Here we go. I have just made final arrangements with the Frank Gordon Trio, ordered the new element for the oven, purchased fresh flowers at a steal, weathered an all-night wind storm and gale off the lake, and am ready for art lovers and friends of art lovers to meet the inspiration of Lena Ulanova.
I have planned a menu for the opening. Please don’t tell me what you think now, just come in on Friday and break pounds of bread with me in the flesh, and Lena in spirit.
Palatable menu for expressive paintings to be exhibited:
Chocolate chip cookies
Double chocolate cookies
Peanut butter cookies
Fresh picked empire apples
Spiced almonds, pecans, cashews, maybe pistachios
Smoked salmon with capers and dill
Butternut squash soup
New oven element roast beef
New oven element roast turkey
Vegetables and multigrain breads and rolls for sandwiches
Coffee and tea
Many beverages including sangria
And an autumn night filled with space.
First, a song about Andy, followed by a great autumn song:
Or vice-versa. Two serious clowns—one struggling the anonymous existence and the other trapped in the poisonous web of mega-celebrity. Serious and intense clowns—there are no other types.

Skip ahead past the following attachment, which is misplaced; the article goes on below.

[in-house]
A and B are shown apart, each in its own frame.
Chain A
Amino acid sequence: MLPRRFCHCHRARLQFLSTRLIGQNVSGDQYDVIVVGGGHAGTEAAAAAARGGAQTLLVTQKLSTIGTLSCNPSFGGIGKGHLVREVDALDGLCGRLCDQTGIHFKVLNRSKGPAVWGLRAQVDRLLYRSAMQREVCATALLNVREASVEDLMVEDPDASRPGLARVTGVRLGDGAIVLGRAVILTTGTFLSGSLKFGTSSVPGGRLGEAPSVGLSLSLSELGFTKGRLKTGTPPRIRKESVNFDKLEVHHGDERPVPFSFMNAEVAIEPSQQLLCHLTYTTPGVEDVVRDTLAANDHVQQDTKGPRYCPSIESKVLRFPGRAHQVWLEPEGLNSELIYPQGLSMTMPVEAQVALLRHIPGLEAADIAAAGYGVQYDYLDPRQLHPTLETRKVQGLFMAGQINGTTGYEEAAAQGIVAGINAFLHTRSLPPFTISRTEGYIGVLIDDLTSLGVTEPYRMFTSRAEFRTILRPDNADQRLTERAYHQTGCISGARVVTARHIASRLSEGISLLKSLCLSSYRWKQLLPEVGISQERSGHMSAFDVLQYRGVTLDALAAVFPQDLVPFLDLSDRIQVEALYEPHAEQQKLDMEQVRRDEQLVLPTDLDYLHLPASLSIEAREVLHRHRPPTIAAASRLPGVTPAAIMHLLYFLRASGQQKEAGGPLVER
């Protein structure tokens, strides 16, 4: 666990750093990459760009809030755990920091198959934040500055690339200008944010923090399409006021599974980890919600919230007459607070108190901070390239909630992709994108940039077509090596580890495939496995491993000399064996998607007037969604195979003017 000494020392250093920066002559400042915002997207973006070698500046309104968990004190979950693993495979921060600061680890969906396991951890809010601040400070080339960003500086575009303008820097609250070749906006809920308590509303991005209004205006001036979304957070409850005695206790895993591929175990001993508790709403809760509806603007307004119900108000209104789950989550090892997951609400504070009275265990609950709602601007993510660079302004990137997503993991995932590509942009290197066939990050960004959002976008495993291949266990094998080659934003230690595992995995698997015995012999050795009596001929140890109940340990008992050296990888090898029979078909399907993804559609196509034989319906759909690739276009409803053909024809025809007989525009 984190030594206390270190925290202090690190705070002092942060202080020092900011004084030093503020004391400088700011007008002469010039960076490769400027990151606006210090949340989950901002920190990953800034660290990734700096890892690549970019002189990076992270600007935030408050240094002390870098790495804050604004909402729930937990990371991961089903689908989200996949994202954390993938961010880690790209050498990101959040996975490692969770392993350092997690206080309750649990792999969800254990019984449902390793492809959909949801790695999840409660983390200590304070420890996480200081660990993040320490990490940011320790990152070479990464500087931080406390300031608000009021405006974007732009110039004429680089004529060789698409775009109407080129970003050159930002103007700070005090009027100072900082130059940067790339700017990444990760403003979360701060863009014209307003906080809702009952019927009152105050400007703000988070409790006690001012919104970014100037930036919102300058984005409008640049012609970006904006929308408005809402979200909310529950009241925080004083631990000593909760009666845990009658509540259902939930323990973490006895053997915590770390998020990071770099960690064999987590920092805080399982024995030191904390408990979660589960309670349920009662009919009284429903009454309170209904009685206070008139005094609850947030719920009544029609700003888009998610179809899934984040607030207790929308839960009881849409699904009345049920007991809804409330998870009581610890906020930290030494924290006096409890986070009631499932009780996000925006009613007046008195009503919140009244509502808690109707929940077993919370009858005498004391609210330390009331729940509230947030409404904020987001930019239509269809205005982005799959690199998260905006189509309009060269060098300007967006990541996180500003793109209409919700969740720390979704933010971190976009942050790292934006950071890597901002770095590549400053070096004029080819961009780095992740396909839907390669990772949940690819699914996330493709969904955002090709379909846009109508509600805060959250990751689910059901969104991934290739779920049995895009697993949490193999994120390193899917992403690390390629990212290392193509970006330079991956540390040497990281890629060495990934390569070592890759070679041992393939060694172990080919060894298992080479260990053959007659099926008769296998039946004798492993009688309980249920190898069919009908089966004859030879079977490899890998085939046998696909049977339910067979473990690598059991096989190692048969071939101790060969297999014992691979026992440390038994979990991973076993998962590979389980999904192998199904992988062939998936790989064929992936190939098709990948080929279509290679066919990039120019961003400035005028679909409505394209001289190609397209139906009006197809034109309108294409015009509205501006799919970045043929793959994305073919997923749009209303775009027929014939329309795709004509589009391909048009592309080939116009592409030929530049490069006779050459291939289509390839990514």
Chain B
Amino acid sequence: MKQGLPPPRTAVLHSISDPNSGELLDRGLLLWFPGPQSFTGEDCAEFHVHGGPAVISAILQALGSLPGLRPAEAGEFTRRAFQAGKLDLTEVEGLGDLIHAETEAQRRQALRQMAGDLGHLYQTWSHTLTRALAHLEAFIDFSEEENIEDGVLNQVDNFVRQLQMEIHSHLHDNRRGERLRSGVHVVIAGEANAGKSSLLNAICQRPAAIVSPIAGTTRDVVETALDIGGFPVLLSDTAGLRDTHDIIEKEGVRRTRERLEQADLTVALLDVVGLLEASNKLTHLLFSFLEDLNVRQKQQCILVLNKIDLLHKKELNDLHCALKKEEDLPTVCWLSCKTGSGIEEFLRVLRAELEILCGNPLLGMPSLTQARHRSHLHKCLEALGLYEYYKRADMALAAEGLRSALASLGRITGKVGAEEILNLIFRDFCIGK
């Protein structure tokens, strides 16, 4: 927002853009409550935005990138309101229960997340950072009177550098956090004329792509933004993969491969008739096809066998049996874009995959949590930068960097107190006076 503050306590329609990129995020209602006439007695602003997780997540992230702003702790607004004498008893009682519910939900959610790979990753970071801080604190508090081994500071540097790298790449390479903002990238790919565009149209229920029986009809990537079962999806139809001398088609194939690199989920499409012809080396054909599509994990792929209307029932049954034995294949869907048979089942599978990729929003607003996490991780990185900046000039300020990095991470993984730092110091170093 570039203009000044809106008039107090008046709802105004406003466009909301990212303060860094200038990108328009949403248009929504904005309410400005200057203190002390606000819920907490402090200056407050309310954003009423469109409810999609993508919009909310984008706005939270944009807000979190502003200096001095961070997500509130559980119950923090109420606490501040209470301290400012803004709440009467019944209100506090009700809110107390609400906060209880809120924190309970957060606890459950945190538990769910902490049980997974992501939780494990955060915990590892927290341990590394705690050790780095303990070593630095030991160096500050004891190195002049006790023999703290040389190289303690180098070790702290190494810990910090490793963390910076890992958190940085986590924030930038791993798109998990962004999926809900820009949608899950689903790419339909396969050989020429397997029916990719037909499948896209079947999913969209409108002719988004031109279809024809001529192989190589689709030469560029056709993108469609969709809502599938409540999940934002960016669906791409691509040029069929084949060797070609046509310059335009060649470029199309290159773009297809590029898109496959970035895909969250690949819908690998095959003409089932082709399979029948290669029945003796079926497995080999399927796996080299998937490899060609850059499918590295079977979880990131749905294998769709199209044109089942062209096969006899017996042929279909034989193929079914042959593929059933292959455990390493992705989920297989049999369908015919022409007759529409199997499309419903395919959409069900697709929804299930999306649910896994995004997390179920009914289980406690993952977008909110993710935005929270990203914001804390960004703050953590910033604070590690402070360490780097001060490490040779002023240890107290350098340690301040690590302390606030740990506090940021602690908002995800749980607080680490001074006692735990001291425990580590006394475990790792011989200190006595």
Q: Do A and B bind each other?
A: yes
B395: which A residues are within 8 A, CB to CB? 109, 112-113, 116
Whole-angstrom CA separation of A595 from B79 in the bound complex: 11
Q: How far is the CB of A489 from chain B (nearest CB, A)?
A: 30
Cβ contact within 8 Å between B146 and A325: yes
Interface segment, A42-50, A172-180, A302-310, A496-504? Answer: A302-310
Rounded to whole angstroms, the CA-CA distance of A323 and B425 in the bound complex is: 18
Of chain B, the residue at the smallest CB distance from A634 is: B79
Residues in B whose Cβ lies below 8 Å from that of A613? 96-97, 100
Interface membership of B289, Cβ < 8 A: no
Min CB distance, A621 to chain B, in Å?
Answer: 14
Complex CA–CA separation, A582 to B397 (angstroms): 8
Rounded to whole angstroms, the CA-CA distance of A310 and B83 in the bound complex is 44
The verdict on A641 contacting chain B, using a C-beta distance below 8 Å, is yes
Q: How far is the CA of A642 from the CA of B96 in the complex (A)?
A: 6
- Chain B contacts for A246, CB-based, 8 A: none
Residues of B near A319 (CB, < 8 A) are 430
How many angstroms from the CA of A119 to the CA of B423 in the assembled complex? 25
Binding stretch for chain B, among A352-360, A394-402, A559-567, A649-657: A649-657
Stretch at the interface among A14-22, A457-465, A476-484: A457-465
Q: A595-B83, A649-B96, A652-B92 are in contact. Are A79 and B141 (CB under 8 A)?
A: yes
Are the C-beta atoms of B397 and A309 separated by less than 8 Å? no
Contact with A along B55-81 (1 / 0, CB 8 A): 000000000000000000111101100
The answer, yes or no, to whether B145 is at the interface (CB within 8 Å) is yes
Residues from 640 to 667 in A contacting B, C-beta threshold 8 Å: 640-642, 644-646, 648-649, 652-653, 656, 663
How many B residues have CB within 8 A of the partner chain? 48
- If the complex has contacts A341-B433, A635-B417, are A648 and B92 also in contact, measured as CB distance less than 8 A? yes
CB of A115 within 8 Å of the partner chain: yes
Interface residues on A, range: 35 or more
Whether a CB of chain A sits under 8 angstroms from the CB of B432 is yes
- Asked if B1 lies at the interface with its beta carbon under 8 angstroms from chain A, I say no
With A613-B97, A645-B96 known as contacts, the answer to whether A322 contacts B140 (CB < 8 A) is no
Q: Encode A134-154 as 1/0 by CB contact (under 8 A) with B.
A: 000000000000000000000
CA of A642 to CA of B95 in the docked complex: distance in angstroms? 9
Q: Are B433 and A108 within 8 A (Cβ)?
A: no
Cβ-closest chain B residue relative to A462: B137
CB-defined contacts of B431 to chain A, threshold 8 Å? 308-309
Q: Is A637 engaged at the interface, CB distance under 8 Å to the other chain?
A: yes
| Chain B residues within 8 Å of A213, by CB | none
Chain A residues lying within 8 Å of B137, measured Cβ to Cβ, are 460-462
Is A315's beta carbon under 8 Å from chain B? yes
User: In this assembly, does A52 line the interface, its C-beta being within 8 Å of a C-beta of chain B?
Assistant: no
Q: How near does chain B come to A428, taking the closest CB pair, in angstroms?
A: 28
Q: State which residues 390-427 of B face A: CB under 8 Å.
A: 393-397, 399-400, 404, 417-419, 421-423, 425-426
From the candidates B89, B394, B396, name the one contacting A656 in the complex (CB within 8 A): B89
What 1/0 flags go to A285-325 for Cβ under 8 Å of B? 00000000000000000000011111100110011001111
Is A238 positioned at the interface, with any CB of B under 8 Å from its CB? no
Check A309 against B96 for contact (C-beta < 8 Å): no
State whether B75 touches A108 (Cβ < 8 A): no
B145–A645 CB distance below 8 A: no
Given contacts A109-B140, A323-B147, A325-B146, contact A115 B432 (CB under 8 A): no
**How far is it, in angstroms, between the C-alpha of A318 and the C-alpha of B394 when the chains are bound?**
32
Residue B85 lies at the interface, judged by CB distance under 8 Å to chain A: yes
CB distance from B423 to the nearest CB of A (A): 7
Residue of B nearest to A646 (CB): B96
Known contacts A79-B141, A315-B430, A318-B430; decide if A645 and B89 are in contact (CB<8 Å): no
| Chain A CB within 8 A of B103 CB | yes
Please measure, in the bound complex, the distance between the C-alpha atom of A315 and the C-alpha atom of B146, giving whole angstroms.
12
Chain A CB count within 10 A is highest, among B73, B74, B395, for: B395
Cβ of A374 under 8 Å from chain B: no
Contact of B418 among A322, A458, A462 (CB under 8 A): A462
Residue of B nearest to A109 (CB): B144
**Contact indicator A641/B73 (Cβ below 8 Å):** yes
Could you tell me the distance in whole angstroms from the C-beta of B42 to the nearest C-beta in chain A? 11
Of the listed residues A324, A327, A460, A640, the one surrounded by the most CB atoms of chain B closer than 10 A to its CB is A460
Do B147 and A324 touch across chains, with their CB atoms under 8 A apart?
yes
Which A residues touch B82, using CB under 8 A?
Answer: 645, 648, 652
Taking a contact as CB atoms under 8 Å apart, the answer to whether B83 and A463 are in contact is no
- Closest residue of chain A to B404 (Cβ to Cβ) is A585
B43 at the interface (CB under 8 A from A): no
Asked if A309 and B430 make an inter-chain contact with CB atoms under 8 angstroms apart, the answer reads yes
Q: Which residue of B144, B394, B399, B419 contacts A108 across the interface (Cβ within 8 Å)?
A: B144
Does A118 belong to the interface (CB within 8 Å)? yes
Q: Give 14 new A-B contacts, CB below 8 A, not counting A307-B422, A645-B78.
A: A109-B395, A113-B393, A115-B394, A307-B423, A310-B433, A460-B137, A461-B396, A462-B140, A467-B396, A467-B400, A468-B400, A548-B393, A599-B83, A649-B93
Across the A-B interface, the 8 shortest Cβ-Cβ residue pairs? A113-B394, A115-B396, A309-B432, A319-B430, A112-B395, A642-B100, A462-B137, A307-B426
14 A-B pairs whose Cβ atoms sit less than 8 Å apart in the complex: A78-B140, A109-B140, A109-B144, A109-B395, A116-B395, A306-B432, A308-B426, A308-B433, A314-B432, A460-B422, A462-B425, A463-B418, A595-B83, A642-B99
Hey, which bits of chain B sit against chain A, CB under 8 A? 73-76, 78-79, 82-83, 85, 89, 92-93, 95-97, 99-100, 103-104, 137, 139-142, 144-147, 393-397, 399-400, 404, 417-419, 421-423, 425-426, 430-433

One of these is on exhibit and available for purchase, now if you want, Friday if you wait. I’ll give you a hint. It’s the one honoring the man who said “vloek!” not “shazbat!” when nobody bought his paintings.
And it’s for sale at $150 U.S. Metal frame, under glass.
6 days until the opening. I want to give all and sundry a taste of work available for sale. You can place your red sticker dot on today to ensure painting goes home with you on the 19th, or mailed out on the 20th for those out of town and state. All paintings are matted and under glass in a metal frame. Please remember, there is no middle man here. There is reverence, and I am king of that castle. All purchases minus frame cost go to Lena to buy paints, substrate, and perhaps fresh flowers set in the window of her flat on a winter’s day. I’ll post one or two a day, an image of the painting out of frame. I look forward to seeing old friends and new faces on the 19th! Meanwhile, think holiday cheer and loved ones overjoyed to receive modern taste and éclat from the great north of Russia!
I have woken each morning since August with this exhibition in mind, and before that, sporadically, but just as intense when imagined. I wonder often if I should have went to divinity school to become a preacher. A veritable Vernon Johns selling vegetables out of my pick up truck on the side of the road after Sunday service. I say this because I feel lately that artists and their art, when taken together, exemplify the human spirit far better than any Middle Eastern Bible can, repetitively citing another used parable about a flock of sheep, a wife to lay with, and a regular threat of a high and mighty smiting. And I realize that a Christian life would be nice, but very stale, following the same old example of a Jesus who never painted a picture, or sat on a train, or read a book about black bears in the wild.